"Poop" dermatitis on the rise
The P.R. office that sent out a release containing the term "poop' dermatitis" in the headline sure knew how to catch my attention. I suppose I do have a penchant for writing about, er, the process of elimination.
The release announced the publication in the February issue of the journal Pediatrics of research conducted by the Johns Hopkins University School of Medicine showing that toilet-seat dermatitis may be on the rise among children. It said pediatricians should be on the lookout for its symptoms.
Apparently toilet-seat dermatitis -- an itchy rash covering the buttocks and the backs of the upper thighs -- was once fairly common, but the medical community thought the condition had been largely vanquished, at least among children, with the increased use of plastic toilet seats. Though it appears with some frequency among adults, lead author Bernard Cohen of the Johns Hopkins Children's Center notes that it has become so uncommon among kids that pediatricians seldom recognize it. (Another study published in 2005 reported on a single case and noted it could signal a more widespread problem.)
Cohen attributes the seeming resurgence of this rash to the recent fashion for toilet seats made of exotic woods and to the use of harsh commercial cleansers in homes and in public places such as schools.
The study cites five cases (two in the U.S., three in India) in which toilet-seat dermatitis was misdiagnosed, leaving the uncomfortable situation to linger as kids were treated for other ailments -- including, in two of the Indian cases, nonexistent ringworm. Kids who tried to improve their lot by scrubbing vigorously with soap just made things worse. Two of the kids' dermatitis got so bad that bacterial infections set in.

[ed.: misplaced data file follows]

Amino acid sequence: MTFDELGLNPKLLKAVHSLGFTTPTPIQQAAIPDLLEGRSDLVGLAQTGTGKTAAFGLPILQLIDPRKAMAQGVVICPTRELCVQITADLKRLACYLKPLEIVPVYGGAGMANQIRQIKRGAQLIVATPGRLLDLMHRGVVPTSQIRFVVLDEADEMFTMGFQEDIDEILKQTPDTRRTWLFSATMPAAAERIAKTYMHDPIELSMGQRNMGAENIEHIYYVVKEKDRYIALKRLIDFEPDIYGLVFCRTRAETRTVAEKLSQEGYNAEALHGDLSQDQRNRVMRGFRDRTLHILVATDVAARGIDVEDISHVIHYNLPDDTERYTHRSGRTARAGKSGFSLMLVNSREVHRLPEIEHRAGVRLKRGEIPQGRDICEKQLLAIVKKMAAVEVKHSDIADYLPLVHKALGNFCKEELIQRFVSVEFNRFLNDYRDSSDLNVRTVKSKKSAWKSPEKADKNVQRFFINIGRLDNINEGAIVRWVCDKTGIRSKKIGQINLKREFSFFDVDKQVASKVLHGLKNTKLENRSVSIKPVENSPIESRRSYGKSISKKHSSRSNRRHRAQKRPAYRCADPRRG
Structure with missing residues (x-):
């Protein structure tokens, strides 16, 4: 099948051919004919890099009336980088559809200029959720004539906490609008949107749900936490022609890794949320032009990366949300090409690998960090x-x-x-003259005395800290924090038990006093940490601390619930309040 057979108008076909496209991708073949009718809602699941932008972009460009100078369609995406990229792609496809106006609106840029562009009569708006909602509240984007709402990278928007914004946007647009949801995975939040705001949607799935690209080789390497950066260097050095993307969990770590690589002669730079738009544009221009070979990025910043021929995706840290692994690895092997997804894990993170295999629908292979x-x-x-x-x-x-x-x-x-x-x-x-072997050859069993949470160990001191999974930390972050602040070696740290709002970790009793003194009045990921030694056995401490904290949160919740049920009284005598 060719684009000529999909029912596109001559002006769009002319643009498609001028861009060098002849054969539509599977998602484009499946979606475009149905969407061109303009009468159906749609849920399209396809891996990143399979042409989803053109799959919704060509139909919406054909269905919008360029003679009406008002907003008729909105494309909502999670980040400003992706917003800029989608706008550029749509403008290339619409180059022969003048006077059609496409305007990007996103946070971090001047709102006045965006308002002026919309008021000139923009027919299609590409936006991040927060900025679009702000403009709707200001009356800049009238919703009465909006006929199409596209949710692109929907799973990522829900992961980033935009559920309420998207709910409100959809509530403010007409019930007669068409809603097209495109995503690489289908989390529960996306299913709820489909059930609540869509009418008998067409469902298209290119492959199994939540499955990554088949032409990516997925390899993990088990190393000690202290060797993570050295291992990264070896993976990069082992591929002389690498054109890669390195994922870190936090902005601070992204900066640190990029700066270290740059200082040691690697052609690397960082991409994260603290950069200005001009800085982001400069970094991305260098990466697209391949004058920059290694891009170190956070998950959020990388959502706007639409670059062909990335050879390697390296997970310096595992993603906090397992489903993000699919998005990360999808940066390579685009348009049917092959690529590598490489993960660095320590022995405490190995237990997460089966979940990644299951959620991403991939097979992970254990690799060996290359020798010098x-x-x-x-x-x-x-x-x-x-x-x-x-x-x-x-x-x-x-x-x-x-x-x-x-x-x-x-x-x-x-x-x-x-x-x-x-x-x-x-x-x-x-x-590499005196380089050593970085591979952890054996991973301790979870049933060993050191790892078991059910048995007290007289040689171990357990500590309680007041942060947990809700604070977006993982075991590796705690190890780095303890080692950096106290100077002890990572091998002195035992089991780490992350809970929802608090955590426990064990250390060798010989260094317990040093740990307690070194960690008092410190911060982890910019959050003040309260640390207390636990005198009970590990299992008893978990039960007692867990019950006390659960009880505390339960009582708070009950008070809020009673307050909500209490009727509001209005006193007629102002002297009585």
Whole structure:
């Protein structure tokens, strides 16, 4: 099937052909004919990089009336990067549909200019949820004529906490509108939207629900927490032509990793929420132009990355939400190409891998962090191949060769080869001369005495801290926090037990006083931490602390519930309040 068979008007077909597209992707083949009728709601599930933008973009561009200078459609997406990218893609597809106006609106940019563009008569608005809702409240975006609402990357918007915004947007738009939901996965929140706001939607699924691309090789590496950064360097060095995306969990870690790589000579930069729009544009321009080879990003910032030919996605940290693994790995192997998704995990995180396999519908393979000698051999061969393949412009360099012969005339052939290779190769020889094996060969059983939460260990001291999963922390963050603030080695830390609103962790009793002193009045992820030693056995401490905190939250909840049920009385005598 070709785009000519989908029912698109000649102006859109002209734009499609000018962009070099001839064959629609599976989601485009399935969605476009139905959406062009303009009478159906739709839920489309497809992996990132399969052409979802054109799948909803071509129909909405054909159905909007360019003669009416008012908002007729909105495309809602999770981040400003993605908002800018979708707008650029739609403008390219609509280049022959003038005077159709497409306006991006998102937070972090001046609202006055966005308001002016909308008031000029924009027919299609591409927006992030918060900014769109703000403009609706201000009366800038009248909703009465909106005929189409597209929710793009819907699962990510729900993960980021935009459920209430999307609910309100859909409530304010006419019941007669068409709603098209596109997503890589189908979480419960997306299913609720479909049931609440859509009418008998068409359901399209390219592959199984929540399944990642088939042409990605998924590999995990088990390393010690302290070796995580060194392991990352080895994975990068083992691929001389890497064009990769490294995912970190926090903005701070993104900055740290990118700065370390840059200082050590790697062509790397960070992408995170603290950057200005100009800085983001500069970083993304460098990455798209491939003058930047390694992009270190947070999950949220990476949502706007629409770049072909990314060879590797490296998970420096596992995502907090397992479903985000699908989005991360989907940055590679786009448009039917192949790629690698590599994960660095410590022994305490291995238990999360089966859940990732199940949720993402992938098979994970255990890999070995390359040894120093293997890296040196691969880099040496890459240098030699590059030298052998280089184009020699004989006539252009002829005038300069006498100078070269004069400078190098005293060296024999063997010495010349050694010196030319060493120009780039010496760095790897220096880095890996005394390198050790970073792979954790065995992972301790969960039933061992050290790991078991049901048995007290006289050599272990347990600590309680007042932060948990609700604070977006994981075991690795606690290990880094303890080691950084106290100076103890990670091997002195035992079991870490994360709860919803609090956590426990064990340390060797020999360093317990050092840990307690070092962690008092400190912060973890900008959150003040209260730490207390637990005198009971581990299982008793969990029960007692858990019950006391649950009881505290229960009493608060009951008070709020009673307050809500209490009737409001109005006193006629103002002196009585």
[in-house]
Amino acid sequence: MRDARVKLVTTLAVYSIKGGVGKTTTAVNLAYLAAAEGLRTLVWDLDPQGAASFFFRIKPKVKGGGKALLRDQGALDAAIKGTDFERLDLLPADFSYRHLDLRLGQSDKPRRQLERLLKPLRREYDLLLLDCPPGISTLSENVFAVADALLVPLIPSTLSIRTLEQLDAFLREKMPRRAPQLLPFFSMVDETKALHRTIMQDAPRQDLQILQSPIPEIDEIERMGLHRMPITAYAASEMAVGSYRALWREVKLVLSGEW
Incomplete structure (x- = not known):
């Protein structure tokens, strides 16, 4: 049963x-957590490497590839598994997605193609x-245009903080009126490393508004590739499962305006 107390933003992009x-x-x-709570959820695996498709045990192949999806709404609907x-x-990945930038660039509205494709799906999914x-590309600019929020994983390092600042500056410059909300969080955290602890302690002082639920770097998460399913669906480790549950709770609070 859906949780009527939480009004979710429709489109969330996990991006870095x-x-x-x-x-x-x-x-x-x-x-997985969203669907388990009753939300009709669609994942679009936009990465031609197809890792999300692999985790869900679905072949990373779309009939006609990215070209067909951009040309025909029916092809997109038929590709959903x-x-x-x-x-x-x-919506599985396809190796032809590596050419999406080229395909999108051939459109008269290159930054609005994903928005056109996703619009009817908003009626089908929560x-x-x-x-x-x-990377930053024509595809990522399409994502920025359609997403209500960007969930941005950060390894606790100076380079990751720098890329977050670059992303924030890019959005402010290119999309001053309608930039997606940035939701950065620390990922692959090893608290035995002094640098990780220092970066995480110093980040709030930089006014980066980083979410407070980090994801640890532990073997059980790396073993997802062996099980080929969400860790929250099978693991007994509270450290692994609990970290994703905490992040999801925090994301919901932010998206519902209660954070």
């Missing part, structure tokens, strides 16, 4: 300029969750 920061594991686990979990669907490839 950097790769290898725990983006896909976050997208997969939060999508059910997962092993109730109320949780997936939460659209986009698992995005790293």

Once doctors figured out what was wrong in each of these cases, the rash was quickly and easily eliminated through the use of topical steroids, application of petroleum jelly to the affected skin, replacement of wooden toilet seats with plastic ones at home and use of disposable, paper toilet-seat covers in public restrooms. In several cases, the revealing clue was that the rash went away during the summer, when the child was away from the offending school toilet. And in one touching instance, an Indian child also was asked to abandon the habit of doing homework while sitting on the john for hours.
So what sounded kind of cheeky at first turns out to be a pretty serious situation. The implication is that these five cases are likely just the tip of a potentially big iceberg. So, fellow parents, if your kid has a telltale rash on his or her backside, you might want to ask your pediatrician whether it might be "poop" dermatitis.
Jennifer LaRue Huget
January 25, 2010; 12:01 AM ET
Categories: Family Health , General Health
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